Attorney Takes on Chocolate Makers Over Toxin Traces
By AMANDA BRONSTAD
The attorney who sued the nation’s top chocolate manufacturers earlier this year claiming their confections pose a potential health risk is leaving a bitter taste among state regulators.
Roger Carrick filed a petition on Aug. 14 requesting that the California Environmental Protection Agency’s Office of Environmental Health Hazard Assessment (OEHHA) make more stringent its allowable levels of cadmium, a known toxin.
Carrick made headlines in May when he filed suit against the nation’s top chocolate makers, including Hershey Foods Corp. and Mars Inc., claiming their products expose consumers to unhealthy amounts of lead and cadmium. That case is pending.
According to Carrick, OEHHA’s cadmium regulation, which became effective Aug. 19, is based on inferior scientific studies.
The suit was filed in L.A. County Superior Court on behalf of two California groups, The American Environmental Safety Institute and The Center for Ethics and Toxics.
“The Institute has been on record since the beginning as saying the (state) government’s initial proposal was wrong,” Carrick said. In the suit, Carrick adds: “If the cadmium regulation becomes effective as adopted by OEHHA, residents of California will be exposed to over 17 times the actual safe level of cadmium.”
Cadmium is a metal that may cause choking, nausea, vomiting, diarrhea or death if it is ingested, according to the Material Safety Data Sheet, a government-mandated safety tip sheet for hazardous chemicals. Naturally occurring in groundwater and in some vegetables, it is also used in metal plating, according to the Environmental Protection Agency.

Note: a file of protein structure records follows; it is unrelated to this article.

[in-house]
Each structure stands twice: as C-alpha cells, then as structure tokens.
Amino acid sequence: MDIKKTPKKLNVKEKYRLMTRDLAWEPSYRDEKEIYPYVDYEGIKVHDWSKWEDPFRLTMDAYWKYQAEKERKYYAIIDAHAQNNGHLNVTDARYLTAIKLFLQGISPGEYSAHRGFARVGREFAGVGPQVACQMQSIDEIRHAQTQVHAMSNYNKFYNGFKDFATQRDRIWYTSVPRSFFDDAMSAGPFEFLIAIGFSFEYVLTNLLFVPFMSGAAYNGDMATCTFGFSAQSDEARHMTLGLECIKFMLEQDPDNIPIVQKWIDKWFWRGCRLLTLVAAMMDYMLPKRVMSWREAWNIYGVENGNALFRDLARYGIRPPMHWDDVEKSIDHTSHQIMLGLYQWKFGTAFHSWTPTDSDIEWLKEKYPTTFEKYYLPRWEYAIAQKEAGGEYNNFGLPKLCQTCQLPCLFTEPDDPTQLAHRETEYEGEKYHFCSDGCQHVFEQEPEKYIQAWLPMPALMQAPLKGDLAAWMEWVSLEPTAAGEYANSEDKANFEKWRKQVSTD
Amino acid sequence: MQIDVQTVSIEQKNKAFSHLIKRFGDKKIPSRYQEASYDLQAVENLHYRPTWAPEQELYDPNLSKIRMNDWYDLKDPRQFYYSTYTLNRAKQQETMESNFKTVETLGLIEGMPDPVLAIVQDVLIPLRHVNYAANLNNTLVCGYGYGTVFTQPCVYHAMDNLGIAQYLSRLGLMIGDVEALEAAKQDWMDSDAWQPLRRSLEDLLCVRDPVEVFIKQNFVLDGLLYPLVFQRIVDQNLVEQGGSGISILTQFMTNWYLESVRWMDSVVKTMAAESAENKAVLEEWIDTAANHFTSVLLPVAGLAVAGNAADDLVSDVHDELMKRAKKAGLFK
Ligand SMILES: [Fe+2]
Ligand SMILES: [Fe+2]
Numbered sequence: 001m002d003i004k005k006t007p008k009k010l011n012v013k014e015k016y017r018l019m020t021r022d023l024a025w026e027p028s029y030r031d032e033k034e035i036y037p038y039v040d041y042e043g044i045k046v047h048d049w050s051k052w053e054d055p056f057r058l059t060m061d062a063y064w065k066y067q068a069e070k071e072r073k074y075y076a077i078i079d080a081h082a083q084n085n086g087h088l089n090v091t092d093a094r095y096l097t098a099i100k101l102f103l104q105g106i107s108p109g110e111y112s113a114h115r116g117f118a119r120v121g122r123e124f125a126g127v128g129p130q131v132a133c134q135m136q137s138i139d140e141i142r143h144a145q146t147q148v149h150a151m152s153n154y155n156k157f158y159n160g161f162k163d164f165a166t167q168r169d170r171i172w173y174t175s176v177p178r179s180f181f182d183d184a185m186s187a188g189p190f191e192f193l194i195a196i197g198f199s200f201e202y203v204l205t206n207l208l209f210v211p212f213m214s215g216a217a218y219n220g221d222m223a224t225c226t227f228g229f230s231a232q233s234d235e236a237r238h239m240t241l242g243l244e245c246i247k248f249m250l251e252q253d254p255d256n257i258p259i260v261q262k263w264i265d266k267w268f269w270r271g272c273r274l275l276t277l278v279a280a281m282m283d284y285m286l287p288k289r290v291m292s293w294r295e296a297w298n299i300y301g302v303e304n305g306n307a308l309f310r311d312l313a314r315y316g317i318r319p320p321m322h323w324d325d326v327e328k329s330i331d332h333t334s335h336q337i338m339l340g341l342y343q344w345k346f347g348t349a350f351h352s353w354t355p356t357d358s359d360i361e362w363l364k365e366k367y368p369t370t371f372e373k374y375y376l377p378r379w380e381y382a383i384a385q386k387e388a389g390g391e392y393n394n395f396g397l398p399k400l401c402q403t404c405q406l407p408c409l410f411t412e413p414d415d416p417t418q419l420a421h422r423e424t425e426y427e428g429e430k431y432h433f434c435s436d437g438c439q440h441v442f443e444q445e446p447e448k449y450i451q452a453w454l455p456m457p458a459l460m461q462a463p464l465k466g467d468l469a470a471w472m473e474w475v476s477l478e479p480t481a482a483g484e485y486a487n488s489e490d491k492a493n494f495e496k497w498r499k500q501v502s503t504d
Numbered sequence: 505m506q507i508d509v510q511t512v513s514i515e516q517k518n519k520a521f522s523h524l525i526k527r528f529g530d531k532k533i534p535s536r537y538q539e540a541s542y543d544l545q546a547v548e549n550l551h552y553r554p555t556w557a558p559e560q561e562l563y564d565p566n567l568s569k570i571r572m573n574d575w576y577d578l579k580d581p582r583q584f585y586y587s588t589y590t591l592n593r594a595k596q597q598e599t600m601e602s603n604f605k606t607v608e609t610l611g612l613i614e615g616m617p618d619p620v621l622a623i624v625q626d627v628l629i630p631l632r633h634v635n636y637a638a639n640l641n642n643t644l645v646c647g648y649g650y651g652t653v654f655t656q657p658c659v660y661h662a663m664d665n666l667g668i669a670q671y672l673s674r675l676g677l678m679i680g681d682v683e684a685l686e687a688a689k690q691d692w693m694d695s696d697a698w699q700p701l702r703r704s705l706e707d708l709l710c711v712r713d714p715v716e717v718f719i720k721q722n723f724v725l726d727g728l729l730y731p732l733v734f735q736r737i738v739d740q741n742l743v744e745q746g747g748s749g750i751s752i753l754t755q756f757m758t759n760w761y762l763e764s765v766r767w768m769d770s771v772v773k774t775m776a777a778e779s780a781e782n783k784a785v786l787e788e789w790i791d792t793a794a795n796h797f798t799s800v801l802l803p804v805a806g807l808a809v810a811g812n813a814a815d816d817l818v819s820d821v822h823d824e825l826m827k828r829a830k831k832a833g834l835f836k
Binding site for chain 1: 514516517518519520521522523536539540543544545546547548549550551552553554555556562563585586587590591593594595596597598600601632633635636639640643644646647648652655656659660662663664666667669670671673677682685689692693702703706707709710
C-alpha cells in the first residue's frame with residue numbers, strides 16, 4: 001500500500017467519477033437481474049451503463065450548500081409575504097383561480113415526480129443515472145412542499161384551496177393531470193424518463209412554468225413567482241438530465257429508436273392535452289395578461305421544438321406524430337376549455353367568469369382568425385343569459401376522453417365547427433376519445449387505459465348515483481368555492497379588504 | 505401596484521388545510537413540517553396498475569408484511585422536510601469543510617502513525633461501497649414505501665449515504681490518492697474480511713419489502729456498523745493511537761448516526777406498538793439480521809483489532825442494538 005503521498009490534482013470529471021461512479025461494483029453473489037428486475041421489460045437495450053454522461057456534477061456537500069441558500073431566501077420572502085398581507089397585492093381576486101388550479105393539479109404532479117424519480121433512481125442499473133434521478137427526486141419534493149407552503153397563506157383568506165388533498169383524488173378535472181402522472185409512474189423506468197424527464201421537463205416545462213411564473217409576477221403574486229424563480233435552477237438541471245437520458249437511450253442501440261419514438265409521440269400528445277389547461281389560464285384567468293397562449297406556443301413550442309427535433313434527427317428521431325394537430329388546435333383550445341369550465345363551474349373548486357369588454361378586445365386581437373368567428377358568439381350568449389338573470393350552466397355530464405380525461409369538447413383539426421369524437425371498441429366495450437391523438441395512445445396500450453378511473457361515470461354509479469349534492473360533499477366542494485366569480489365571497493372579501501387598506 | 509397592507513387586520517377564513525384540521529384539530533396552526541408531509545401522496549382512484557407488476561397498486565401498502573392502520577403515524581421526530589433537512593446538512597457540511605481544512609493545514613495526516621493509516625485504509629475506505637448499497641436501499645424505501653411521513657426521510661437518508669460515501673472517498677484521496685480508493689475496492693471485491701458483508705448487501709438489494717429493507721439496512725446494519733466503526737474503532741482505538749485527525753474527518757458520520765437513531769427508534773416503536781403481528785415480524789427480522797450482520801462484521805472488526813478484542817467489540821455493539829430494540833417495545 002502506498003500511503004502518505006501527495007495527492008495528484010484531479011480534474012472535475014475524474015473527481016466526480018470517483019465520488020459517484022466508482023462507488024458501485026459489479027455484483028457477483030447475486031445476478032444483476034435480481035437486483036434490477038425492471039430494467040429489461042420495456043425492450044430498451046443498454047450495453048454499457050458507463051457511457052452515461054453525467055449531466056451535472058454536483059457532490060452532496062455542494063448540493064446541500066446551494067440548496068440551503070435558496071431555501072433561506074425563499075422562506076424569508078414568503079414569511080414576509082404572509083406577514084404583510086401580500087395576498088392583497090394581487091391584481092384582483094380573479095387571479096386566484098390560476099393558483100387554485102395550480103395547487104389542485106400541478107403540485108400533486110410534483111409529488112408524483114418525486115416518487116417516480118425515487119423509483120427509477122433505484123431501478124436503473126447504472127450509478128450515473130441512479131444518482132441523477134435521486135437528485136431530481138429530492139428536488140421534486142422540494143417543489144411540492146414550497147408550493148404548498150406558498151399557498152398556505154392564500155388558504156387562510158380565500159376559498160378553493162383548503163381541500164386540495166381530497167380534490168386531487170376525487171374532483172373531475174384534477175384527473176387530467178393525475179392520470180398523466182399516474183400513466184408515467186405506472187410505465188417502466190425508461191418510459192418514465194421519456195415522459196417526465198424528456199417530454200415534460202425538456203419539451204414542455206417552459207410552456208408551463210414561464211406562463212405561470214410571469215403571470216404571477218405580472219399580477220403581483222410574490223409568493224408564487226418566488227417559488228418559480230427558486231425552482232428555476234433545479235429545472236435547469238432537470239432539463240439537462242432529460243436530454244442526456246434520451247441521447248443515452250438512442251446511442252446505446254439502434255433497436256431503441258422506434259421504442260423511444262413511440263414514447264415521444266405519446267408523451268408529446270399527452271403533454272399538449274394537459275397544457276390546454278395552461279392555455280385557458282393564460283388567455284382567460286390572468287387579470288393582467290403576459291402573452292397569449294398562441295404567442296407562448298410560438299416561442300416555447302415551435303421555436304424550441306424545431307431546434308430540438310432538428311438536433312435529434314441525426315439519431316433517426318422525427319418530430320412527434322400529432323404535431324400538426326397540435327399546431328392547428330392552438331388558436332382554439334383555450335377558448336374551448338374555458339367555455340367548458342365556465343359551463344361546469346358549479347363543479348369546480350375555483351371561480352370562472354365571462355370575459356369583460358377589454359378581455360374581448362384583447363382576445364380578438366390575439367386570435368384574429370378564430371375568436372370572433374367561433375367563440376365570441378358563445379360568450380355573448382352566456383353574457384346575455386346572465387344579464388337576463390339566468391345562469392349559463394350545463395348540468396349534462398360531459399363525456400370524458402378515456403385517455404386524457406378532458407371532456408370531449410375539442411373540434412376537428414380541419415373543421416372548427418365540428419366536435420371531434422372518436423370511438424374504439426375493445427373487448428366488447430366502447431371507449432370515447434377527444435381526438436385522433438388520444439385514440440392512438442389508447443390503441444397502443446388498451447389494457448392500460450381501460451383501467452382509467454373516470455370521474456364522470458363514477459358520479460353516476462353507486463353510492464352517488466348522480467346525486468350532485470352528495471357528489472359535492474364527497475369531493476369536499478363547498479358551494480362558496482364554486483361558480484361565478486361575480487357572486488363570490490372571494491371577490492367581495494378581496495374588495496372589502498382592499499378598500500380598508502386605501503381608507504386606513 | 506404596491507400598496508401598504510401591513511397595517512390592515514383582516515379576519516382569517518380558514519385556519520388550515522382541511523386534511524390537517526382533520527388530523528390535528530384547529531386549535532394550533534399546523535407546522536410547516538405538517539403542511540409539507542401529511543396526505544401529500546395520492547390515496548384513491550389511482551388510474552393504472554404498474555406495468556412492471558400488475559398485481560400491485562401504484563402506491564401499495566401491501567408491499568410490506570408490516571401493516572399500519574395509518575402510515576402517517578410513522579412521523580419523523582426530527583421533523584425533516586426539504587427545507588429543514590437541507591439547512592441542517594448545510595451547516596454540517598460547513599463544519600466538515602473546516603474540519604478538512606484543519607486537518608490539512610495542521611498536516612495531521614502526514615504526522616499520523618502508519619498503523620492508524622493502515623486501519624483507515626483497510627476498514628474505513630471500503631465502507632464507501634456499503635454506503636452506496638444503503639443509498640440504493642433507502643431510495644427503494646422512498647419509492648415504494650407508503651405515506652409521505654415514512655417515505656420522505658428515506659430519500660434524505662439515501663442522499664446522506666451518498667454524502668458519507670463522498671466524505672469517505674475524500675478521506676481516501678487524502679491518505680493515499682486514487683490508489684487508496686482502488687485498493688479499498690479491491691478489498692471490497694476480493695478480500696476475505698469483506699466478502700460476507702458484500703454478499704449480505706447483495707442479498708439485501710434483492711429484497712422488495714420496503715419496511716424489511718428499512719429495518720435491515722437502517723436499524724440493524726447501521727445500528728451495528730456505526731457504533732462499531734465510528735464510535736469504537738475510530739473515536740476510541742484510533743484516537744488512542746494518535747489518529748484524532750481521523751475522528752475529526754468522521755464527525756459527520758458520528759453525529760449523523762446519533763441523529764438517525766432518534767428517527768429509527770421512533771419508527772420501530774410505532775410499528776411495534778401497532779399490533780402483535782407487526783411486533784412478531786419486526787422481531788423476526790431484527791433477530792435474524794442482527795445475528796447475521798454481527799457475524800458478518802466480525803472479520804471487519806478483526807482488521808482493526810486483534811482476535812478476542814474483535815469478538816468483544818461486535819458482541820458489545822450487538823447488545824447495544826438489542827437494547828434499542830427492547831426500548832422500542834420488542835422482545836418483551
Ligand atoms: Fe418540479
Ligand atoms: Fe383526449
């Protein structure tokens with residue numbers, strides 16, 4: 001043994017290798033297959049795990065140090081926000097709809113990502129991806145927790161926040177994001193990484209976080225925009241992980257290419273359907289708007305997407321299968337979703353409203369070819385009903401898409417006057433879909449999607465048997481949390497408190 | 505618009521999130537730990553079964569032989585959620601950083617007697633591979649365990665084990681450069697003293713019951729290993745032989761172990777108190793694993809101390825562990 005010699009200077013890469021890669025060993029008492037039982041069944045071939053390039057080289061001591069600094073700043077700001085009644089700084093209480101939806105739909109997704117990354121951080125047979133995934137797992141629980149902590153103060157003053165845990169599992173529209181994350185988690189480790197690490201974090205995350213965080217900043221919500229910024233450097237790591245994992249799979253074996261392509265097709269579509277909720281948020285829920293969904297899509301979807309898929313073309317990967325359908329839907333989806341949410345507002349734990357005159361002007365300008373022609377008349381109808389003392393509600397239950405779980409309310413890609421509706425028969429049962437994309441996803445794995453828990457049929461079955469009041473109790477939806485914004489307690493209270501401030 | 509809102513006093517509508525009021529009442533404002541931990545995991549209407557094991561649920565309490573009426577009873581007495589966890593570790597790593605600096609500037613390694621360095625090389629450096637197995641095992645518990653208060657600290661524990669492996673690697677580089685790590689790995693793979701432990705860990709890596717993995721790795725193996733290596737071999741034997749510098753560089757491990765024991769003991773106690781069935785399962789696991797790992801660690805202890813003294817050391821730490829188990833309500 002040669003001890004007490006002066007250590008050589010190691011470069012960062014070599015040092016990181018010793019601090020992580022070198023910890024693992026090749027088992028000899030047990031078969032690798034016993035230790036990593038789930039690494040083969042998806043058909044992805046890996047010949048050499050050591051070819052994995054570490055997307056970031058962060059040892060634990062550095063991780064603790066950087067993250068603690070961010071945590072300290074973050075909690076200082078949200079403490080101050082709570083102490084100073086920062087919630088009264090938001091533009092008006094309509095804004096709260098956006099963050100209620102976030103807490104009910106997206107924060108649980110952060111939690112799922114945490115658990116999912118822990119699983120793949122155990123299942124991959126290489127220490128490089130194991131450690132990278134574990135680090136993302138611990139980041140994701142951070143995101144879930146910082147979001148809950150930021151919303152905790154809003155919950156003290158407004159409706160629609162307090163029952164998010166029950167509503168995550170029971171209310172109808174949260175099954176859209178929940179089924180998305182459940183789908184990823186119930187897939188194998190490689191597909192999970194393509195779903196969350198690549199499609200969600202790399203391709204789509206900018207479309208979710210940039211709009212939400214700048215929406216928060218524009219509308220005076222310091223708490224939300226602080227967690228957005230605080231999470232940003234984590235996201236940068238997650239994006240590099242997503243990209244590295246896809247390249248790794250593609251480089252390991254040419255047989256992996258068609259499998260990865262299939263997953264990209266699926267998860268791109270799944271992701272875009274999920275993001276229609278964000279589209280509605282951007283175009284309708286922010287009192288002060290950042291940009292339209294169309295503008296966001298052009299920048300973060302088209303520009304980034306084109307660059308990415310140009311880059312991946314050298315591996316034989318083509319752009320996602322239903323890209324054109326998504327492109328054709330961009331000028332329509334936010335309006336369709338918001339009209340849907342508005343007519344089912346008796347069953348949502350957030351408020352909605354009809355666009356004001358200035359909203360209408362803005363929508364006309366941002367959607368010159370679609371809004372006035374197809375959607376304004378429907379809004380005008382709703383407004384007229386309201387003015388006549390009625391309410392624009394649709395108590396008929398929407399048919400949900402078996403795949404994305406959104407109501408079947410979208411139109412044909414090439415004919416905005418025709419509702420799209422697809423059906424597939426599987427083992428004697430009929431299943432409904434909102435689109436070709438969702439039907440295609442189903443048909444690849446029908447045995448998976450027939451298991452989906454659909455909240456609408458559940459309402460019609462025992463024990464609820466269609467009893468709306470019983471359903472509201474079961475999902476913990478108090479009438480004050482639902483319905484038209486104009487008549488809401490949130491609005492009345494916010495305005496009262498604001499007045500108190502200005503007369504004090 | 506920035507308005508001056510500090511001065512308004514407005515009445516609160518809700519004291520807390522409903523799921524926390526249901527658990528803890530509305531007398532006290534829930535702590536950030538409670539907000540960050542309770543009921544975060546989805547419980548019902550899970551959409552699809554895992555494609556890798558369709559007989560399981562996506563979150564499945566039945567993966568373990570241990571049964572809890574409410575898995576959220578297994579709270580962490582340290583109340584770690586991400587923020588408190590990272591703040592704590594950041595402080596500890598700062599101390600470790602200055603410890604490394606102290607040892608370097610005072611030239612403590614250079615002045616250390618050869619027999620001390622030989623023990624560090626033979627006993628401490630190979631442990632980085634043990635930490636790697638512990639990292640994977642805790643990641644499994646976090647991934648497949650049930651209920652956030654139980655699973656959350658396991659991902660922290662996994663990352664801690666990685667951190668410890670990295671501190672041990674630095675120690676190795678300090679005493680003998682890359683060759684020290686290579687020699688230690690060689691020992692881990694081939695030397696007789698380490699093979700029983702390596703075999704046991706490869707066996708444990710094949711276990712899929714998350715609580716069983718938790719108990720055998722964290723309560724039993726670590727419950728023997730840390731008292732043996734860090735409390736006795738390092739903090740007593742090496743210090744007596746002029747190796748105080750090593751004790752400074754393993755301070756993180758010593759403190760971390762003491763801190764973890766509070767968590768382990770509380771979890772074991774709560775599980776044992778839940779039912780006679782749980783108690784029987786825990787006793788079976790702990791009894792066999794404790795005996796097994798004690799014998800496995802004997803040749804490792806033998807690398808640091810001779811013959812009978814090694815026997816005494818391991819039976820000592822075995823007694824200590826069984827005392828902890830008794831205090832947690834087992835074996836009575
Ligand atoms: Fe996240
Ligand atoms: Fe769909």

The EPA began regulating cadmium in 1992 and considers a safe level of cadmium to be less than five parts per billion.
Carrick’s claims are based on the state’s Safe Drinking Water and Toxic Enforcement Act, commonly referred to as Proposition 65.
Prop 65, passed in 1986, was designed to inform consumers of the health risks caused by various carcinogens and toxins. Where an unhealthy amount of these chemicals is present, a business must post warnings notifying consumers of the potential health risks.
Private attorneys often enforce Prop 65, which now covers about 750 chemicals. For many businesses, the costs and complexities of defending themselves against Prop 65 suits have become unmanageable, said Allan Hirsch, spokesman for OEHHA.
One attorney who represents several businesses accused of Prop 65 violations said the dispute over allowable levels of cadmium is over two very conservative numbers and has a negligible impact.
“The person who’s filing this challenge to the state has a track record of filing Prop 65 enforcement cases against businesses,” said Robert Falk, an attorney at Morrison & Foerster LLP in San Francisco. “He’s trying to get leverage for his lawsuit.”
To ease the burden on businesses having to define risk levels, the state began to create “safe harbor numbers” that clarify the amount of a Prop 65 chemical considered safe, he said.
The safe harbor numbers also curb unnecessary warnings posted by businesses that opt to settle with Prop 65 attorneys simply to avoid lengthy and expensive trials, Hirsch said.
Last year, OEHHA proposed a cadmium safe harbor number of 4.1 micrograms per day. Carrick claims OEHHA should be using a separate and more accurate study that calculates the safe level of cadmium at .232 micrograms per day.